From Wikipedia, the free encyclopedia

Sonny Osborne
Born(1937-10-29)October 29, 1937
DiedOctober 24, 2021(2021-10-24) (aged 83)
Known for" Rocky Top"
Family Bobby Osborne (brother)
Musical career
Years active1951–2005

Sonny Osborne (October 29, 1937 – October 24, 2021) was an American bluegrass musician and founding member of the Osborne Brothers.

Personal life

Born on October 29, 1937, in Thousandsticks, Kentucky, [1] Sonny Osborne's father was a farmer, teacher, and amateur banjo, guitar, and fiddle player. His older brother Bobby began playing bluegrass music after the family moved to Dayton, Ohio in 1941. [2] Circa August 2021, when Osborne suffered a stroke, he was married to his wife, Judy. He died at around 1:30 p.m. [3] at home in Hendersonville, Tennessee on October 24, 2021. [1]


Osborne was a baritone singer who played multiple types of banjos over his 53-year musical career. [3]


Osborne was in the sixth grade when he received his first banjo. A prodigy on the instrument, [4] Osborne joined his brother in playing with the Lonesome Pine Fiddlers in the summer of 1951, but returned to Ohio that autumn after Bobby left for the United States Marine Corps. In summer 1952 (at 14-years-old), [2] Sonny Osborne was hired by bluegrass pioneer Bill Monroe, with whom he performed and recorded on the Grand Ole Opry. Barring a brief return to Ohio, Osborne stayed with Monroe into 1953. [3]

When Osborne's brother, singer and mandolin player Bobby Osborne, returned home in 1953 from service in the Korean War, they formed the Osborne Brothers band (1953–2005). [4] They premiered on Knoxville, Tennessee's WROL on November 8, 1953; in their early years, they also performed on Wheeling Jamboree. [3] The brothers and Jimmy Martin recorded twelve singles [4] for RCA Records beginning in 1954. After Martin left due to interpersonal conflict, Red Allen joined the brothers in 1956, and the three later signed with MGM Records, though the record label was reluctant to invest heavily in the trio due to the then-rising popularity of rock and roll. Allen left in 1958 after the release of " Once More", after which the brothers marketed themselves simply as the Osborne Brothers. [2]

When performing at Antioch College in 1960, the brothers became the first bluegrass group to perform for a university audience. In 1963, they debuted at the Grand Ole Opry, signed with Decca Records, and evolved their sound with the mildly-successful release of " Up This Hill and Down": "bluegrass [, ...] kind of bluesy and a little bit of rock." [2]

A six-string banjo

It was 1967 when the brothers recorded and released their famous song, " Rocky Top" (written by Felice and Boudleaux Bryant) [4] with 80,000 sales in its first month. At the same time, however, the pair found themselves under scrutiny and attack by bluegrass purists for perceived derivations from the tradition. Osborne Brothers albums had gradually included additional non-standard elements to their bluegrass, including pedal steel guitars, pianos, and string sections; the brothers had amplified their instruments for larger live performances, with Sonny Osborne padlocking his resonator "to keep the details of his pickup a secret"; and Sonny Osborne had patented a six-string banjo. Sonny and Bobby defended themselves in Bluegrass Unlimited, saying they were trying to broaden the sensibilities of bluegrass music, while also trying to find a place for bluegrass music in contemporary pop culture. [2]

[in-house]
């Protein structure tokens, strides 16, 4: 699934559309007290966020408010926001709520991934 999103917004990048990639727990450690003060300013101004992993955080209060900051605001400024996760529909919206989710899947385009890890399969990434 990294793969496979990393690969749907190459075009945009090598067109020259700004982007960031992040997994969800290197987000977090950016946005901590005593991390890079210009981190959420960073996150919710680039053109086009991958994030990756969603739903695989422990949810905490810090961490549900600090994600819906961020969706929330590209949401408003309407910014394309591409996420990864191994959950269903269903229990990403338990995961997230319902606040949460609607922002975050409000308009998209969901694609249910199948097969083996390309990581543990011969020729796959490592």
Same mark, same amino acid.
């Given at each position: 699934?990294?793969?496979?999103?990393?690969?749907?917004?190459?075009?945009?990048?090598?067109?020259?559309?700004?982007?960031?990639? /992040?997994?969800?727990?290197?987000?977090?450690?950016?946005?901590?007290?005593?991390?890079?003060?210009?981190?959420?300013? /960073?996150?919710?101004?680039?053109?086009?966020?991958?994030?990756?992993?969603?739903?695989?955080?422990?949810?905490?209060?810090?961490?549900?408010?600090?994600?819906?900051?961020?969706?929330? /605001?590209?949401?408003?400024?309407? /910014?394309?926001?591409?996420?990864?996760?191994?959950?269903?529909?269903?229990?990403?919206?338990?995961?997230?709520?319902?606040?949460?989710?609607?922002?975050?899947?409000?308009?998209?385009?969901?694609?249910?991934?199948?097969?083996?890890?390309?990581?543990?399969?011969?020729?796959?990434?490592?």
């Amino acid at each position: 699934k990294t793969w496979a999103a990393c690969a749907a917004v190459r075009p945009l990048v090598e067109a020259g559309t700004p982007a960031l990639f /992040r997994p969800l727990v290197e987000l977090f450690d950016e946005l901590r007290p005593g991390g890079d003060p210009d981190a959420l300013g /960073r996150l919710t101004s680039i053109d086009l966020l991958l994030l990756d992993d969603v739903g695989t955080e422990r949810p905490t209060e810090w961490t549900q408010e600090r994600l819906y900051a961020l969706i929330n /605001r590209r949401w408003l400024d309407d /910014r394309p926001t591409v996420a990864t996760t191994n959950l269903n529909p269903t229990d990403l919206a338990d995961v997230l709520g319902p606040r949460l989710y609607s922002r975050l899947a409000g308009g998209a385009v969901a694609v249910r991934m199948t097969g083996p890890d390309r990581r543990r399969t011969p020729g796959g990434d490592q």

In the early 1970s, the two performed while traveling 291,000 miles (468,000 km) in 26 months. [2] In 1971, they won the Country Music Association Award for Vocal Group of the Year; two years later they were the first bluegrass group to perform at the White House. [4]

Osborne was a member of the Grand Ole Opry (1964) and inductee to the Bluegrass Music Hall of Fame (1994). After retiring in 2005 due to rotator cuff surgery, [3] Osborne wrote a regular column for Bluegrass Today and continued to correspond with fans. At the time of his death, Osborne was signed with Compass Records. [4]


Osborne credited Earl Scruggs with much of his base banjo technique, though he eventually incorporated "steel licks, piano licks, and horns and anything I can hear." By the late 1970s, he eschewed melodic licks, saying that though chromatics must be an easier technique than those he learned, they were disadvantaging young players. [2]

Alongside his brother, Osborne was the driving force behind their electrifying bluegrass instruments, creating banjo licks cribbed from other genres, "and completely reinventing bluegrass harmonies with the famous stacked trio vocals." [3]

Writing credits

  • "Sunny Mountain Chimes" (1952, Gateway) [2]


  1. ^ a b Friskics-Warren, Bill (October 26, 2021). "Sonny Osborne, Bluegrass Innovator, Is Dead at 83". The New York Times. Nashville, Tennessee. ISSN  1553-8095. OCLC  1645522. Archived from the original on April 2, 2022. Retrieved December 18, 2022. He and his brother, Bobby, pioneered a style of three-part harmony singing that broke with bluegrass tradition. He was also an influential banjo player.
  2. ^ a b c d e f g h Trischka, Tony (1977). "The Mainstream: Sonny Osborne". Banjo Song Book. New York City: Oak Publications. pp. 46–50. ISBN  0-8256-0197-5. LCCN  76-51890.
  3. ^ a b c d e f Goad, John Curtis (October 24, 2021). "Sonny Osborne passes – a giant in bluegrass music". Bluegrass Today. Archived from the original on October 28, 2021. Retrieved February 8, 2022.
  4. ^ a b c d e f Paulson, Dave (October 25, 2021). "Sonny Osborne, bluegrass great and original 'Rocky Top' artist, dies at 84". The Tennessean. Archived from the original on February 8, 2022. Retrieved February 8, 2022.

External links